It’s actually not as hard as you think. One of the best lessons I could possibly teach you is to have a short memory. This lesson applies to Pokémon and to life in general. Hardship will happen. You’ll lose an “auto-win” matchup because you dead drew. The obnoxious, less skilled player will rip a series off of you because your deck did not cooperate. This will happen. Accept this when you sign up for an event. If you manage to avoid it (“run hot”), then even better. But accepting this risk, understanding that it isn’t a death knell to your tournament run, and resolving to learn from it is the best approach you can take.
Tilting risks ruining an entire tournament run. What happened in Round four cannot affect you in Round seven unless you let it. That misplay you made to drop an early series? It’s in the past. Let it go. What did you take from that mistake to make you better right now? That is what you need to focus on. Tilting and the negative thoughts associated with it will only serve to derail you later on. Understand that it is likely you lost because a decision you made that you believed to be inconsequential or even routine probably cost you the match. And that is okay. Learn from everything. The best way you can treat yourself in this game is how you’d treat a friend or teammate: if you support them, then support yourself the same way. You need to use this game to learn resilience. It is an excellent ground for learning important life skills like that. You will lose. And that is okay. What can you take from the bad tournament run, couple of misplays in a row, or anything negative, to help yourself improve? Leverage it. And then let it go.
It happens to all of us. But only some of us can separate those feelings from our mindset later in the same day. When something negative happens to you, take a lesson from it, and keep pushing forward. That is the attitude of a champion. It can’t be learned overnight, but by taking a lesson from every adverse situation and failure you come across, you will improve at this game and many things in life because you had the strength to admit fault, and fix the mistake.
At this point in time, many of you will unfortunately have given up on the Worlds invite grind. This is totally fine; lots of us, myself included, are in the same boat. I’d like you to stop and think for a minute about where you started this season. Maybe you were using a Machamp-GX deck and throughout the season, you sought to understand top tier decks, card interactions, and managed to win a few decent sized local tournaments. Congratulations, you made progress. Keep it going; the best goals are set as high as the sky and not often achieved. However, setting the bar high helps keep us going and progressing to that higher level. Keep this mindset and the passion you had and carry it forward to your next event and the next season. You can achieve your dreams in this game and anywhere if you are willing to dive into adverse situations and improve from the lesson you learned.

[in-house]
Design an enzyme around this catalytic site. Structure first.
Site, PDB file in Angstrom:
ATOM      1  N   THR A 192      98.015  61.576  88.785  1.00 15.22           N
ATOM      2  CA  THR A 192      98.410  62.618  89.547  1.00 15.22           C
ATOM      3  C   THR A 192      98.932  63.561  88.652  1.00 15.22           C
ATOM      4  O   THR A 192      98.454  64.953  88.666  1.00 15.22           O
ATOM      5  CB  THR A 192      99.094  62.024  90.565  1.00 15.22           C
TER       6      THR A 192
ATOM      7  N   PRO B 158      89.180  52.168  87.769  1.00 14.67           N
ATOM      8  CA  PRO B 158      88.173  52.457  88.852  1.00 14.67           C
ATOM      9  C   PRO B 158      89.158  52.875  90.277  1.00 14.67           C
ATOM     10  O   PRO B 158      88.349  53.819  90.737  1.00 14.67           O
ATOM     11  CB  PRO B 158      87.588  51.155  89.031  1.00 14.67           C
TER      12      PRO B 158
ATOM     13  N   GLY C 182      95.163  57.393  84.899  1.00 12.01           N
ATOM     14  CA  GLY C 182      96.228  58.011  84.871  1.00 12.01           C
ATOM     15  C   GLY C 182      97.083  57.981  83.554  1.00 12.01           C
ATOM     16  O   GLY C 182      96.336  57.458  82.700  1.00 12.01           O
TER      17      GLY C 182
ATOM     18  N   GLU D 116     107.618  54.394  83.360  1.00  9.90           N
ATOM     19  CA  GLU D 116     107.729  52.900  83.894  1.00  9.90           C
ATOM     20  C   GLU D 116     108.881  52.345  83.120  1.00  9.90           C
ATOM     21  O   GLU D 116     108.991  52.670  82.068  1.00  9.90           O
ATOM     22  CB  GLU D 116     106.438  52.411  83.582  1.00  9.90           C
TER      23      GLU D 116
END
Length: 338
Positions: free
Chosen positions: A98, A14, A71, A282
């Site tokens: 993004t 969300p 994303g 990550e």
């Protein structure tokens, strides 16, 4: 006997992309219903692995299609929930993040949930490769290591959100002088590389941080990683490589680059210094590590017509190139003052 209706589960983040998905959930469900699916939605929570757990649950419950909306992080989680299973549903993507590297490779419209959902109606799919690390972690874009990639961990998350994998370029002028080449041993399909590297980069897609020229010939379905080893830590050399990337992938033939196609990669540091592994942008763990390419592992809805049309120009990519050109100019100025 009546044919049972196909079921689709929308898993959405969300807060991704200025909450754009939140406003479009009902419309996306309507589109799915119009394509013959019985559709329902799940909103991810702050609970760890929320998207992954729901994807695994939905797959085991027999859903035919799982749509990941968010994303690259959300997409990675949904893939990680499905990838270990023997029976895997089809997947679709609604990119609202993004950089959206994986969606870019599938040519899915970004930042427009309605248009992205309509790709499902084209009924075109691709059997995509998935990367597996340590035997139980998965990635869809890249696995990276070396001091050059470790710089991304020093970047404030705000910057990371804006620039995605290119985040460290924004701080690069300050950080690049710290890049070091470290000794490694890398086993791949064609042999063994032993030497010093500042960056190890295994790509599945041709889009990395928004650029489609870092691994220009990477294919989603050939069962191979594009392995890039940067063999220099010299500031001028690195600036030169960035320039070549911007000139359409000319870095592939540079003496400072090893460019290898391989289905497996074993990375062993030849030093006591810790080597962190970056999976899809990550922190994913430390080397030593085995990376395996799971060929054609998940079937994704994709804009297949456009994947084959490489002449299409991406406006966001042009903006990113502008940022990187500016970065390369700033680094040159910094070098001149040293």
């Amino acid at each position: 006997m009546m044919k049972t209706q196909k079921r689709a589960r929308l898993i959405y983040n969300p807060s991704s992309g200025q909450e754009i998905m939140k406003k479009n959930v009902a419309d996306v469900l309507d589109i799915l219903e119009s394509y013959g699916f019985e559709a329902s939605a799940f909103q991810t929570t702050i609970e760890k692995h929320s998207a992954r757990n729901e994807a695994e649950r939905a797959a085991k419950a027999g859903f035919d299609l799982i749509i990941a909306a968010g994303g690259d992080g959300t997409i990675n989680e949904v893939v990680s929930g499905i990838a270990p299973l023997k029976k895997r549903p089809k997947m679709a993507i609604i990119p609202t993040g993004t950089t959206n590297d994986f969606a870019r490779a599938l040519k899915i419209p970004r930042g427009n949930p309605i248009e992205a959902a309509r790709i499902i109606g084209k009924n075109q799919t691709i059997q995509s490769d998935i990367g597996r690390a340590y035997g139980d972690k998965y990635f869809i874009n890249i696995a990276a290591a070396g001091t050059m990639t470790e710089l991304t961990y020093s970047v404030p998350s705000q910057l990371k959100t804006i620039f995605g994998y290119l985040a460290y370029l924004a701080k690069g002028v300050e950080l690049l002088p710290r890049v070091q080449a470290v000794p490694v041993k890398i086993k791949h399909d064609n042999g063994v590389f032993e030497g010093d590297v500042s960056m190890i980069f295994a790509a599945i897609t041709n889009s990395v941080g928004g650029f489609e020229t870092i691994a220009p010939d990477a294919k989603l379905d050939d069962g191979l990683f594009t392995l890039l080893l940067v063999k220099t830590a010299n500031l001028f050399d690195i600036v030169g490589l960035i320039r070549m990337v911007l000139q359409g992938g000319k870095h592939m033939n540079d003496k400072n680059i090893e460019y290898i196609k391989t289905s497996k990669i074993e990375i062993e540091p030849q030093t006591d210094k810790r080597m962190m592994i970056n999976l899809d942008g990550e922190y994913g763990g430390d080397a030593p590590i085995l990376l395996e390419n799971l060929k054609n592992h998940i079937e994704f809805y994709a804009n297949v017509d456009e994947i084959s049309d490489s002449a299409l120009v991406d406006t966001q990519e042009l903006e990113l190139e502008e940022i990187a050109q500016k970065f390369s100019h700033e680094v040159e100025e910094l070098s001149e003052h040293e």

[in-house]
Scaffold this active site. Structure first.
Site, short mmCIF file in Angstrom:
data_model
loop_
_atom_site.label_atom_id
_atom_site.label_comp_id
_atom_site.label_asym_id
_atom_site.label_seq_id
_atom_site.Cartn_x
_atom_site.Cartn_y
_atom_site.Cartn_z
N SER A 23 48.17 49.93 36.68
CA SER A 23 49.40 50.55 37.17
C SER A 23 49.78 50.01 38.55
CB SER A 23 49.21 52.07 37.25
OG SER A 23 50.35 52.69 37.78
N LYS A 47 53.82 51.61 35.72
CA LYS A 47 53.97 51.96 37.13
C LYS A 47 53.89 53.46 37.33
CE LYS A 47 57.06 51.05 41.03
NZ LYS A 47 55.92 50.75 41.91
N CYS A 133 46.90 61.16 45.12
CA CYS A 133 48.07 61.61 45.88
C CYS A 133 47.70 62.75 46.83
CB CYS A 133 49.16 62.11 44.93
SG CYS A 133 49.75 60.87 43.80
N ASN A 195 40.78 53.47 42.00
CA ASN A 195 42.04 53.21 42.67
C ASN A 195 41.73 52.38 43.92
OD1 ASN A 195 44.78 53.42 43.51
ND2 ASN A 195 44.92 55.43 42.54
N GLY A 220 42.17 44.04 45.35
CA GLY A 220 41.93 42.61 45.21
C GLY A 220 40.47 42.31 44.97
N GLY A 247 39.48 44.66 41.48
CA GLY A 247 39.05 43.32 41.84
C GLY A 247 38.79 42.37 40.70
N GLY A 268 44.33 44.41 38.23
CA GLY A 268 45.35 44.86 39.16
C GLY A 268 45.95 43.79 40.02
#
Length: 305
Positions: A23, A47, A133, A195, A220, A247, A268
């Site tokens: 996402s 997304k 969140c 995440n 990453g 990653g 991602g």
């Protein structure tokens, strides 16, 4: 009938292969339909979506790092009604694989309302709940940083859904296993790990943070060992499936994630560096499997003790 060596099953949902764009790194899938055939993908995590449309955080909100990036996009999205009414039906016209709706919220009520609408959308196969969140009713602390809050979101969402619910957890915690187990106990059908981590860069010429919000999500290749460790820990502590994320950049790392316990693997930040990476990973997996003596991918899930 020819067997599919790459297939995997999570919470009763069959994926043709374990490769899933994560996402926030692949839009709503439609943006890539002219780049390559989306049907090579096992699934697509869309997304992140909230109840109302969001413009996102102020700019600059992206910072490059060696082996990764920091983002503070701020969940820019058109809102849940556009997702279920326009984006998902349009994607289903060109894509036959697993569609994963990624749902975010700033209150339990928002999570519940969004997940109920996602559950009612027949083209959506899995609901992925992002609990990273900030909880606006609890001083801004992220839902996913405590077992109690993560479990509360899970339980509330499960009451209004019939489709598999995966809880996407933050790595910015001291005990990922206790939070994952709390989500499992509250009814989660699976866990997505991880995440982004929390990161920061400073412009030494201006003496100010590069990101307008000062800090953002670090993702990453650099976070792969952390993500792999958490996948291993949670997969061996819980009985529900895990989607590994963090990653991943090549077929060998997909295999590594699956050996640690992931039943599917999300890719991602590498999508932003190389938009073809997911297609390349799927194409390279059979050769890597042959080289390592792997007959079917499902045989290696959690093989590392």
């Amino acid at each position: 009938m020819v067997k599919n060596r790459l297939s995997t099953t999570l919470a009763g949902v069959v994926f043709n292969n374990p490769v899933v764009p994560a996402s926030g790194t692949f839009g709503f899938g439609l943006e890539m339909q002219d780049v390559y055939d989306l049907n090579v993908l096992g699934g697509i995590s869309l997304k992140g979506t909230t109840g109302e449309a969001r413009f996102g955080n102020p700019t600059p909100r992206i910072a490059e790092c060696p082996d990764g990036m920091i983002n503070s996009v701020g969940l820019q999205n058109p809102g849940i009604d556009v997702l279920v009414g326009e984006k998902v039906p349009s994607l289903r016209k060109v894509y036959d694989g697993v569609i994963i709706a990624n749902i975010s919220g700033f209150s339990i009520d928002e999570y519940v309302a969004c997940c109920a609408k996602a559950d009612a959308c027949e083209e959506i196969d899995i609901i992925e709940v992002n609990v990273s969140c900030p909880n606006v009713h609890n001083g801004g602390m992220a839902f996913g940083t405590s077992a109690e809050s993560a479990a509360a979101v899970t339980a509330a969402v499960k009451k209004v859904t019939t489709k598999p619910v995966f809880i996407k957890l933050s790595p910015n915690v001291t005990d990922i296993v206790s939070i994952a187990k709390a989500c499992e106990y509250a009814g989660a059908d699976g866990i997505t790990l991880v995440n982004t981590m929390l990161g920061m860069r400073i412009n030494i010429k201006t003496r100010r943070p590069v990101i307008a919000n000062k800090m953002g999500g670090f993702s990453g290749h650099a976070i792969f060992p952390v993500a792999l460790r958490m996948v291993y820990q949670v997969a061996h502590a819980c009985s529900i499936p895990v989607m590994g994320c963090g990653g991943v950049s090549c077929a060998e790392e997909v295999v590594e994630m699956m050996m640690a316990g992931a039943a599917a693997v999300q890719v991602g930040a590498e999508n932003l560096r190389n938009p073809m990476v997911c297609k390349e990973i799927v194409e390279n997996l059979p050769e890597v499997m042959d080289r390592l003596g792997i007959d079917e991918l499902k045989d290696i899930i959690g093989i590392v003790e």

As for Will? You’ll be happy to know that after a few months from our chat, he pushed forward to make some deep runs at large, nationwide tournaments, including a Top 4 finish at the most recent Toronto Regionals. He’s now a team member of one of the best collection of players this game has seen, and he’s grinding toward that Worlds invitation that should be well in hand. Nevertheless, he remembers these lessons we talked about during the adverse, stressful times where it seemed like he was years away from his goals. Now, he is looking at pushing even farther forward into this season with helpful lessons he acquired, all gained during times of immense struggle.
You can be the same. Until then, remember: you either win, or you learn. When you don’t win, what can you take forward, from that single game or decision, to make you a better player? Think about this critically next time you get some bad news, or lose a close game, or deal with something that seems insurmountable. In time, you may find that the specific situation that once caused you struggle or discomfort now becomes a space in which you thrive.
Until next time friends, keep grinding and keep your head up.
Carl “Peezy” Barone
@peezyptcg on Twitter